The Parable of The Mexican Fisherman and The Banker

This Makes Me Happy Every Time I Think About it.

An American investment banker was taking a much-needed vacation in a small coastal Mexican village when a small boat with just one fisherman docked. The boat had several large, fresh fish in it.

The investment banker was impressed by the quality of the fish and asked the Mexican how long it took to catch them. The Mexican replied, “Only a little while.” The banker then asked why he didn’t stay out longer and catch more fish?

The Mexican fisherman replied he had enough to support his family’s immediate needs.

The American then asked “But what do you do with the rest of your time?”

The Mexican fisherman replied, “I sleep late, fish a little, play with my children, take siesta with my wife, stroll into the village each evening where I sip wine and play guitar with my amigos: I have a full and busy life, senor.”

The investment banker scoffed, “I am an Ivy League MBA, and I could help you. You could spend more time fishing and with the proceeds buy a bigger boat, and with the proceeds from the bigger boat you could buy several boats until eventually you would have a whole fleet of fishing boats. Instead of selling your catch to the middleman you could sell directly to the processor, eventually opening your own cannery. You could control the product, processing and distribution.”

Then he added, “Of course, you would need to leave this small coastal fishing village and move to Mexico City where you would run your growing enterprise.”

The Mexican fisherman asked, “But senor, how long will this all take?”

To which the American replied, “15-20 years.”

“But what then?” asked the Mexican.

The American laughed and said, “That’s the best part. When the time is right you would announce an IPO and sell your company stock to the public and become very rich. You could make millions.”

“Millions, senor? Then what?”

To which the investment banker replied, “Then you would retire. You could move to a small coastal fishing village where you would sleep late, fish a little, play with your kids, take siesta with your wife, stroll to the village in the evenings where you could sip wine and play your guitar with your amigos.”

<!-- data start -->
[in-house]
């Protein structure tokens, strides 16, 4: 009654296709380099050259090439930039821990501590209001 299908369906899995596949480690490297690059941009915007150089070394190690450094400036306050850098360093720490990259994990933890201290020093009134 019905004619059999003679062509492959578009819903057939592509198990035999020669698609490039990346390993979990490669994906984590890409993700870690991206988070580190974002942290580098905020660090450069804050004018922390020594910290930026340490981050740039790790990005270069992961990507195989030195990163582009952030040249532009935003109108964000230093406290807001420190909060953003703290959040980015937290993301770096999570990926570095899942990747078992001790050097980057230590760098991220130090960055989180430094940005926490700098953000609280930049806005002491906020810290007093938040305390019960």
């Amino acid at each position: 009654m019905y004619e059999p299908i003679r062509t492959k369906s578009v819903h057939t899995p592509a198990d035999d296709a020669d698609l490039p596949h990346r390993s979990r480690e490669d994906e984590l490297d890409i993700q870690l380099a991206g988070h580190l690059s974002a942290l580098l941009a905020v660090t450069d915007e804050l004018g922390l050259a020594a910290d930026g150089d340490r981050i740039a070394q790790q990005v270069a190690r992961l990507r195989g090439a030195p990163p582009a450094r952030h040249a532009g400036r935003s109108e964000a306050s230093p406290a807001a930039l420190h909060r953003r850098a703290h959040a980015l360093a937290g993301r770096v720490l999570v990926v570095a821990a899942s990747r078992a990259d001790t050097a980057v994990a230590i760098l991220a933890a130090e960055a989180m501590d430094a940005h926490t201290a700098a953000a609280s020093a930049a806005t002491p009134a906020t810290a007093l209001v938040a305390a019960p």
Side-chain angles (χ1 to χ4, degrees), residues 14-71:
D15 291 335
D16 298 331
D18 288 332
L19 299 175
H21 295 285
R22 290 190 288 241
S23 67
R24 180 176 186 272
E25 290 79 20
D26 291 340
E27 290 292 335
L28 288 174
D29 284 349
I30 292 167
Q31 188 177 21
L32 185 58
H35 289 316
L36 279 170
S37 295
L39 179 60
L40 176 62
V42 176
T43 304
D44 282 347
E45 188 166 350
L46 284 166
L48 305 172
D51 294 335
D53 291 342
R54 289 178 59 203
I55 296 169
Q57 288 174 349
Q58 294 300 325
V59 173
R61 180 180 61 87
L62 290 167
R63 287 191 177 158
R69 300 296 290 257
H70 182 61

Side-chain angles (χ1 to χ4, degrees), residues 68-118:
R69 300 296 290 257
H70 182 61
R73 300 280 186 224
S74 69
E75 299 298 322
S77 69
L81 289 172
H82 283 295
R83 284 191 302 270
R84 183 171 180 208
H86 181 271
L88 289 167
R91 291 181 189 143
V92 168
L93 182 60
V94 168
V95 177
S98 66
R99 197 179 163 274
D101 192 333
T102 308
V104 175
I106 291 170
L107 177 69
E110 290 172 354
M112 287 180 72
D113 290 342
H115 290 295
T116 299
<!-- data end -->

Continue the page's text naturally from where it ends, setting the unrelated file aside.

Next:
A Depressing Conversation

So I walk into the shop where I purchased my electric bike ( in Dana Point, CA) today, only to hear the proprietor, Robbie, a genuinely fine and decent fellow, tell me he hasn’t sold a single bike this month.  THIS month!  In Southern California, the sun has been out, it’s been very warm, and we are in a drought of the existential variety, and meanwhile, not a single soul has purchased an electric bicycle this month in wealthy, prosperous, Dana effing Point.

I am beside myself.

How Not to Get Killed or Seriously Injured on a Bicycle



A Play in One Act



Cast of Characters

Naive Bike Rider (Me): A man in his early 50s, eager to get fit, save money, save fuel, and keep the planet green for other people’s children (since he doesn’t have any).

Committed California Car Person (CCCP) 1: An elegant, dignified, clearly successful, clearly conservative gentleman of 6 feet plus in his mid 40’s, with blue eyes and salt-and pepper hair receding just the right amount, and with a smartphone sticking out of his shirt pocket.

CCCP 2: A pretty, thin, healthy-looking young woman with brown hair and green eyes, who always has a smart phone out and is constantly multitasking

CCCP 3: A fat, balding man in his 30’s with grey, flat eyes, polyester slacks pulled up to his chest, a faux leather racing jacket that says “Porsche” with the Porsche Logo prominently displayed on his lapel, and who also holds a smartphone in his left hand, which also sports a conspicuous wedding ring.  He smells vaguely of Diabetes.

The Office Cafeteria
The present.


Scene 1

SETTING: We are in the cafeteria of the &^%$# Corporation, a prosperous, modern looking gathering place for tech heads and others in the company.  The parking lot, visible outside through tinted windows, is a veritable showroom of gleaming Teutonic engineering: Mercedes, Audi, BMW. You know. The Toyotas, Kias, and Hyundais belong to the “staff,” or simply to employees who moved to California in the past 10 years, and never had a house increase in value a million dollars more than they paid for it, and so never bought a car with “home equity.”